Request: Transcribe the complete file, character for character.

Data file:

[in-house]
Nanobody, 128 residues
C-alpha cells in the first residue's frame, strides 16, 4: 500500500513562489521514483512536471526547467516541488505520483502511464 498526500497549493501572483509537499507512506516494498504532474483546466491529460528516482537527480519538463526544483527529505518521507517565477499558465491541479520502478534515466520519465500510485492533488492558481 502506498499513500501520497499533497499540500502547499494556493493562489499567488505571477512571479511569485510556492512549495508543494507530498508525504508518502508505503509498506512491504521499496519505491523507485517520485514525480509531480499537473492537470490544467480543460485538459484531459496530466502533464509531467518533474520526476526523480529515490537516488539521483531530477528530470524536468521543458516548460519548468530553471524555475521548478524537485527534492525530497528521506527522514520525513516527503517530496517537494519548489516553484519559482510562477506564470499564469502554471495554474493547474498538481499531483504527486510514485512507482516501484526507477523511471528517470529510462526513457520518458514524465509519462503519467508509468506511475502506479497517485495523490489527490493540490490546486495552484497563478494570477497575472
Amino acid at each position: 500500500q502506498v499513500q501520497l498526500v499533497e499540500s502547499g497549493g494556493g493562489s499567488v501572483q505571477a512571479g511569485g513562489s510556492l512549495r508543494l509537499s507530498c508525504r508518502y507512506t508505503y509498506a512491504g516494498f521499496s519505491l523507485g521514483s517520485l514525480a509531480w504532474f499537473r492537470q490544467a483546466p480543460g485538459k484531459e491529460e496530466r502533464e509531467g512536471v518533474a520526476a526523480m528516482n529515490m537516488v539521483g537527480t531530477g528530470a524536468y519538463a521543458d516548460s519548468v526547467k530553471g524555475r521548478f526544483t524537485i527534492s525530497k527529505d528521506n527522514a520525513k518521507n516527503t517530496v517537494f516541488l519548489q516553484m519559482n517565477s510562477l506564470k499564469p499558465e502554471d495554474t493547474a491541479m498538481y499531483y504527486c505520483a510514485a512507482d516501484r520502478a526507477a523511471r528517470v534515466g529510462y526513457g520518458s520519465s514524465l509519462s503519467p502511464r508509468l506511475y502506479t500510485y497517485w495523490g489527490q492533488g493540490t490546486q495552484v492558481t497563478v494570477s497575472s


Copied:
[in-house]
Nanobody, 128 residues
C-alpha cells in the first residue's frame, strides 16, 4: 500500500513562489521514483512536471526547467516541488505520483502511464 498526500497549493501572483509537499507512506516494498504532474483546466491529460528516482537527480519538463526544483527529505518521507517565477499558465491541479520502478534515466520519465500510485492533488492558481 502506498499513500501520497499533497499540500502547499494556493493562489499567488505571477512571479511569485510556492512549495508543494507530498508525504508518502508505503509498506512491504521499496519505491523507485517520485514525480509531480499537473492537470490544467480543460485538459484531459496530466502533464509531467518533474520526476526523480529515490537516488539521483531530477528530470524536468521543458516548460519548468530553471524555475521548478524537485527534492525530497528521506527522514520525513516527503517530496517537494519548489516553484519559482510562477506564470499564469502554471495554474493547474498538481499531483504527486510514485512507482516501484526507477523511471528517470529510462526513457520518458514524465509519462503519467508509468506511475502506479497517485495523490489527490493540490490546486495552484497563478494570477497575472
Amino acid at each position: 500500500q502506498v499513500q501520497l498526500v499533497e499540500s502547499g497549493g494556493g493562489s499567488v501572483q505571477a512571479g511569485g513562489s510556492l512549495r508543494l509537499s507530498c508525504r508518502y507512506t508505503y509498506a512491504g516494498f521499496s519505491l523507485g521514483s517520485l514525480a509531480w504532474f499537473r492537470q490544467a483546466p480543460g485538459k484531459e491529460e496530466r502533464e509531467g512536471v518533474a520526476a526523480m528516482n529515490m537516488v539521483g537527480t531530477g528530470a524536468y519538463a521543458d516548460s519548468v526547467k530553471g524555475r521548478f526544483t524537485i527534492s525530497k527529505d528521506n527522514a520525513k518521507n516527503t517530496v517537494f516541488l519548489q516553484m519559482n517565477s510562477l506564470k499564469p499558465e502554471d495554474t493547474a491541479m498538481y499531483y504527486c505520483a510514485a512507482d516501484r520502478a526507477a523511471r528517470v534515466g529510462y526513457g520518458s520519465s514524465l509519462s503519467p502511464r508509468l506511475y502506479t500510485y497517485w495523490g489527490q492533488g493540490t490546486q495552484v492558481t497563478v494570477s497575472s